Temple ideas

President Nelson Presides at Groundbreaking for Temple in Ephraim, Utah

The Prophet of The Church of Jesus Christ of Latter-day Saints presided over the dedication of the Ephraim Utah Temple on Saturday, August 27, 2022.

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“We pray that the building of this temple may be accomplished to meet your divine purposes,” President Russell M. Nelson said in the dedicatory prayer during the service at the Ephraim community in central Utah. Utah.

President Nelson continued, “We are deeply grateful to our ancestors. They laid a foundation of faith that underpins our spiritual strength. May we learn who they are, find their qualifying information, and bless their lives with sacred rites offered vicariously in this holy house.

The first Latter-day Saints entered the Sanpete Valley in 1849. President Nelson’s family helped settle the valley.

“The history of this area includes my own family,” President Nelson said at the event, which was attended by guests. “My dear mother was born in Ephraim, not far from this very temple site. My father was born in Manti. Three of my four grandparents were born here in Ephraim. My eight great-grandparents all lived in Ephraim.

President Nelson was accompanied by his wife, Wendy, Walter F. González, General Authority Seventy, and Kevin R. Duncan, executive director of the Church’s Temple Department, and their wives. Utah Governor Spencer J. Cox, a native of Fairview, Utah, located 20 miles north of Ephraim, and other government leaders also attended the temple groundbreaking.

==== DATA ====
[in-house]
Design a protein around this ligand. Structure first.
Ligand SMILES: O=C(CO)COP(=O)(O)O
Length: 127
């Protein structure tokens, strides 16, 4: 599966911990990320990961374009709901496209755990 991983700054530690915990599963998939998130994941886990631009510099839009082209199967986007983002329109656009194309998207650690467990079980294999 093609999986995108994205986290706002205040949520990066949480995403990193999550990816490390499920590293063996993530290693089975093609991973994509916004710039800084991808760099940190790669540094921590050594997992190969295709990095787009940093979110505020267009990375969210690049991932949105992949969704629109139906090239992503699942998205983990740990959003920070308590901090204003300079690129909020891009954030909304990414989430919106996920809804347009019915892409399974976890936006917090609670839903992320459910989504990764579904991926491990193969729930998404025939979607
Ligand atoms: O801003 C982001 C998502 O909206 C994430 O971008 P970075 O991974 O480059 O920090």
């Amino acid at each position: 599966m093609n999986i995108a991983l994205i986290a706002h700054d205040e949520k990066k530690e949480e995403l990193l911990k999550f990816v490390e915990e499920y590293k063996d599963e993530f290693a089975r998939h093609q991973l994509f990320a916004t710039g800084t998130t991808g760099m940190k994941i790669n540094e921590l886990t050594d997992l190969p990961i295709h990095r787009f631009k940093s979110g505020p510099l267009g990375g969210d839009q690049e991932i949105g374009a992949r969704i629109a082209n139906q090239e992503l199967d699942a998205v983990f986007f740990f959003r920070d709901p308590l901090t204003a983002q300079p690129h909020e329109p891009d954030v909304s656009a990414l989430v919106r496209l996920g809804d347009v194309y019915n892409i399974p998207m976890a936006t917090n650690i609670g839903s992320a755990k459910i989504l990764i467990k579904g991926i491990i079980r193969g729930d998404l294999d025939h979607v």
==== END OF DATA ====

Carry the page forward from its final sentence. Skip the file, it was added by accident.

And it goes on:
The Temple of Ephraim will be built on a 9.16-acre site located at the intersection of 200 North and 400 East in Ephraim, Utah. Plans call for a three-story temple of approximately 39,000 square feet.

The Ephraim Utah Temple was announced in May 2021 by President Nelson.

Ephraim has the largest population in Sanpete County and is home to Snow College. Brigham Young first sent settlers to Sanpete County in November 1849, and they settled what is now Manti. Ephraim was first settled in 1854, mainly by settlers who immigrated from Scandinavian countries.

President Nelson’s great-grandparents were all converts to The Church of Jesus Christ in their home countries of England, Denmark, Norway, and Sweden.


President Nelson has announced 100 new temples since becoming the Church’s prophet in 2018. Worldwide, the Church now has a total of 282 temples in operation, under construction or renovation, or announced, including 28 temples in Utah.

The Ephraim Temple will be located near the Manti Utah Temple, which is currently undergoing renovations. The Manti Temple was first completed in 1888. The pioneer-era temple is expected to be rededicated in 2023.

The Ephraim Utah Temple will serve more than 31,000 Latter-day Saints in Sanpete, Carbon, and Emery counties. This includes Latter-day Saint students who attend nearby Snow College. An existing place of worship for young single adults will be adjacent to the temple.

In addition to the Temple of Ephraim, other temples in Utah are Bountiful, Brigham City, Cedar City, Deseret Peak, Draper, Heber Valley, Jordan River, Layton, Lindon, Logan, Manti, Monticello, Mount Timpanogos, Ogden, Oquirrh Mountain, Orem, Payson, Provo City Center, Provo, Red Cliffs, Salt Lake, Saratoga Springs, Smithfield, St. George, Syracuse, Taylorsville, and Vernal Utah Temples.

Latter-day Saints regard temples as the house of the Lord and the holiest places of worship on earth. The temples differ from the churches (chapels) of the Church. All are welcome to attend Sunday services and other weekday activities at local churches. The primary purpose of temples is to enable faithful members of The Church of Jesus Christ to participate in such sacred ceremonies as marriages, which unite families forever, and proxy baptisms in the name of deceased ancestors who do not did not have the opportunity to be baptized during their lifetime.